Attacking free trade over at The American Thinker, John Griffing repeats the urban myth that the principle of comparative advantage justifies free trade “only if three conditions were met: zero international capital mobility, full employment, and balanced trade.”
Nonsense. That one person or country has a comparative advantage at producing, say, wine while another person or country has a comparative advantage at producing cloth – and, hence, that both persons or countries benefit by specializing and trading – depends not in the least on any of the conditions that Griffing alleges to be prerequisites for comparative advantage to justify free trade.
David Ricardo, and countless economists since, have indeed often assumed one or more of the conditions that Griffing mentions (and many conditions that he doesn’t mention). But such assumptions are made only to explore the different detailed ways that comparative advantage works under various conditions, or to simplify the explanation of the central insight of the principle. Economists never for a moment believed that the central insight of comparative advantage requires these assumptions to hold in reality.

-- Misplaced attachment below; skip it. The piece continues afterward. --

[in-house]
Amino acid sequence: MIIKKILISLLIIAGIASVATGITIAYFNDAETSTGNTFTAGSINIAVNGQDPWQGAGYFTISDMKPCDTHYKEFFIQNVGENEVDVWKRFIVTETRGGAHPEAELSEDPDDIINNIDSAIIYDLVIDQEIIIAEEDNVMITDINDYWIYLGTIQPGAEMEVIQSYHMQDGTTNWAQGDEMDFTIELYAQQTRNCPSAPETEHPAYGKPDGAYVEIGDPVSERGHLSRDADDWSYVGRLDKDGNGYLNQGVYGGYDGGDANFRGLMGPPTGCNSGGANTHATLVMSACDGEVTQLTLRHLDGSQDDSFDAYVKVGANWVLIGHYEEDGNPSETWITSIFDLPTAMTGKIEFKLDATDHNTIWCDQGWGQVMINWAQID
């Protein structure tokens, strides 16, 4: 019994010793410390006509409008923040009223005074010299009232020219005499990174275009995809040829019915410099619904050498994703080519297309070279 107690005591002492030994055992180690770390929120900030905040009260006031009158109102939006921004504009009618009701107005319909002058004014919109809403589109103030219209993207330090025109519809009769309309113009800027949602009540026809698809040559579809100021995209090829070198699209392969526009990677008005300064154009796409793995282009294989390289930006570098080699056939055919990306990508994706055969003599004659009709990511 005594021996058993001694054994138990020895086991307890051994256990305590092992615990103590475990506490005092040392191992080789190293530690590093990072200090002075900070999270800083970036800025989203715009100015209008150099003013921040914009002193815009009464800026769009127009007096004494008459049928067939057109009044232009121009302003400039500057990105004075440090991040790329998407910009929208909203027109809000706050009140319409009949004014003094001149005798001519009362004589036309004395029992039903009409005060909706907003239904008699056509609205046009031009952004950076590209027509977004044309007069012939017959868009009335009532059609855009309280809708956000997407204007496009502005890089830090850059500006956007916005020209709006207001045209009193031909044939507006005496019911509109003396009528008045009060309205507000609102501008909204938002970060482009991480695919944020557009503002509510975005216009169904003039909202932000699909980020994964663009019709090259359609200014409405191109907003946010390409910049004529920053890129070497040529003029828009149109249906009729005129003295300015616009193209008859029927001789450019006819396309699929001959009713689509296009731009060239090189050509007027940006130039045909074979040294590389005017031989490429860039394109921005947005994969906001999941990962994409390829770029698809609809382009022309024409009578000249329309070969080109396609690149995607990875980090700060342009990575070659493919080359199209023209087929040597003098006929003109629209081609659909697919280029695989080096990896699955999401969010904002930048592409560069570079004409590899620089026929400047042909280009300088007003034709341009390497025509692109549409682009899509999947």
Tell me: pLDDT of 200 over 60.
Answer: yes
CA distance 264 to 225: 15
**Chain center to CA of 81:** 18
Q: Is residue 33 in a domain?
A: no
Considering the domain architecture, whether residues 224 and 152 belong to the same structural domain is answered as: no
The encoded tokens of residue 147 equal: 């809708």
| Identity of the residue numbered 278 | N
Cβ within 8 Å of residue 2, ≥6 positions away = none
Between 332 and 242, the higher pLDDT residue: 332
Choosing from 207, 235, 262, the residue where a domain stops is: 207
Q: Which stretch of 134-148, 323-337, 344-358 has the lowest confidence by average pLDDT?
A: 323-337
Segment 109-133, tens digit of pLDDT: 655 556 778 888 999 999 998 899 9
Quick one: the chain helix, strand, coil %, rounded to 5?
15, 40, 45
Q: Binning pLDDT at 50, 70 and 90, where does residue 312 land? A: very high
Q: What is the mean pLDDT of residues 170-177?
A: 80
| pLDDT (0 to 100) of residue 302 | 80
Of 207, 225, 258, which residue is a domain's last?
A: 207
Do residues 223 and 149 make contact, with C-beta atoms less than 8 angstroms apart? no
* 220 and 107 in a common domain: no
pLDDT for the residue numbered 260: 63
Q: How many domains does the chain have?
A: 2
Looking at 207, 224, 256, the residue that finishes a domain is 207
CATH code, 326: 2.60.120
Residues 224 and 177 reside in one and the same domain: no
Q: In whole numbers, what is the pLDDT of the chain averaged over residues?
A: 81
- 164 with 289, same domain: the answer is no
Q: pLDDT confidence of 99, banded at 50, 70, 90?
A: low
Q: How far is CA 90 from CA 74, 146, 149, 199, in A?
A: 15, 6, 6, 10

most of the established propositions in the theory of international trade were derived from assumptions many of which are quite unrealistic – some idealised but still acceptable as approximations to real-world conditions, some downright counterfactual. They were nevertheless accepted as heuristic fictions because they yielded interesting conclusions which were judged to remain relevant even if some of the assumptions were relaxed or entirely dropped.
Also, the principle of comparative advantage is not the only principle that helps to form the economic justification for free trade. Adam Smith, after all, never heard of comparative advantage.
(I thank Steve Bradley for alerting me to Griffing’s essay.)